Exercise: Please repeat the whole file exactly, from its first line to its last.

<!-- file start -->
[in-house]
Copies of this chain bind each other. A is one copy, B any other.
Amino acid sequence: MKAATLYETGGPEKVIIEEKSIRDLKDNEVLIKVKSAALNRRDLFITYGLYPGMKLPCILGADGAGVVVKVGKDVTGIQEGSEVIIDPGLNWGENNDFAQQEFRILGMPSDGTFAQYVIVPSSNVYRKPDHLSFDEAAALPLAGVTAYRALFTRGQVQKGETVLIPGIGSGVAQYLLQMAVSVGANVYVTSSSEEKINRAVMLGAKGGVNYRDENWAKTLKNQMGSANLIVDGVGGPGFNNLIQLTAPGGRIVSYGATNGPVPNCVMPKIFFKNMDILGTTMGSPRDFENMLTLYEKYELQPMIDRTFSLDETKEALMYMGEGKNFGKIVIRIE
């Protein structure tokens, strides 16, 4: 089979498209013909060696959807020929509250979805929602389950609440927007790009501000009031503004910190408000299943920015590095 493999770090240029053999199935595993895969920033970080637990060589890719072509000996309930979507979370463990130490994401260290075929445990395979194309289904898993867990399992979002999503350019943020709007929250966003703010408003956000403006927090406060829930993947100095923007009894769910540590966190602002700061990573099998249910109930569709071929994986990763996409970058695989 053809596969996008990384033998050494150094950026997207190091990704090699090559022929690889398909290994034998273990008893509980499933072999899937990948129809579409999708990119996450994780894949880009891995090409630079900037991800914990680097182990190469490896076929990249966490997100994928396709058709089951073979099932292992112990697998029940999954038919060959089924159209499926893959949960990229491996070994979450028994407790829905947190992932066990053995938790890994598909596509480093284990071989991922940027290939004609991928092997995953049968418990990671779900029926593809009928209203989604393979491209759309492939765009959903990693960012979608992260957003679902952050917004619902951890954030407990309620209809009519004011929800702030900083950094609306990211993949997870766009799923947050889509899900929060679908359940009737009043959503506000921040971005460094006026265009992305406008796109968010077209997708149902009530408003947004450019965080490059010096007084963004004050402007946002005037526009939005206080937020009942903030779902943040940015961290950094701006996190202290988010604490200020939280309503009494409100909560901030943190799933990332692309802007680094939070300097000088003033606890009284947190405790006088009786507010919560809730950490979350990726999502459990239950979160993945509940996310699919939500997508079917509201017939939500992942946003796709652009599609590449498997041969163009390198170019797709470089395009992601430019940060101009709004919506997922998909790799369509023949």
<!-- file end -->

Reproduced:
[in-house]
Copies of this chain bind each other. A is one copy, B any other.
Amino acid sequence: MKAATLYETGGPEKVIIEEKSIRDLKDNEVLIKVKSAALNRRDLFITYGLYPGMKLPCILGADGAGVVVKVGKDVTGIQEGSEVIIDPGLNWGENNDFAQQEFRILGMPSDGTFAQYVIVPSSNVYRKPDHLSFDEAAALPLAGVTAYRALFTRGQVQKGETVLIPGIGSGVAQYLLQMAVSVGANVYVTSSSEEKINRAVMLGAKGGVNYRDENWAKTLKNQMGSANLIVDGVGGPGFNNLIQLTAPGGRIVSYGATNGPVPNCVMPKIFFKNMDILGTTMGSPRDFENMLTLYEKYELQPMIDRTFSLDETKEALMYMGEGKNFGKIVIRIE
């Protein structure tokens, strides 16, 4: 089979498209013909060696959807020929509250979805929602389950609440927007790009501000009031503004910190408000299943920015590095 493999770090240029053999199935595993895969920033970080637990060589890719072509000996309930979507979370463990130490994401260290075929445990395979194309289904898993867990399992979002999503350019943020709007929250966003703010408003956000403006927090406060829930993947100095923007009894769910540590966190602002700061990573099998249910109930569709071929994986990763996409970058695989 053809596969996008990384033998050494150094950026997207190091990704090699090559022929690889398909290994034998273990008893509980499933072999899937990948129809579409999708990119996450994780894949880009891995090409630079900037991800914990680097182990190469490896076929990249966490997100994928396709058709089951073979099932292992112990697998029940999954038919060959089924159209499926893959949960990229491996070994979450028994407790829905947190992932066990053995938790890994598909596509480093284990071989991922940027290939004609991928092997995953049968418990990671779900029926593809009928209203989604393979491209759309492939765009959903990693960012979608992260957003679902952050917004619902951890954030407990309620209809009519004011929800702030900083950094609306990211993949997870766009799923947050889509899900929060679908359940009737009043959503506000921040971005460094006026265009992305406008796109968010077209997708149902009530408003947004450019965080490059010096007084963004004050402007946002005037526009939005206080937020009942903030779902943040940015961290950094701006996190202290988010604490200020939280309503009494409100909560901030943190799933990332692309802007680094939070300097000088003033606890009284947190405790006088009786507010919560809730950490979350990726999502459990239950979160993945509940996310699919939500997508079917509201017939939500992942946003796709652009599609590449498997041969163009390198170019797709470089395009992601430019940060101009709004919506997922998909790799369509023949």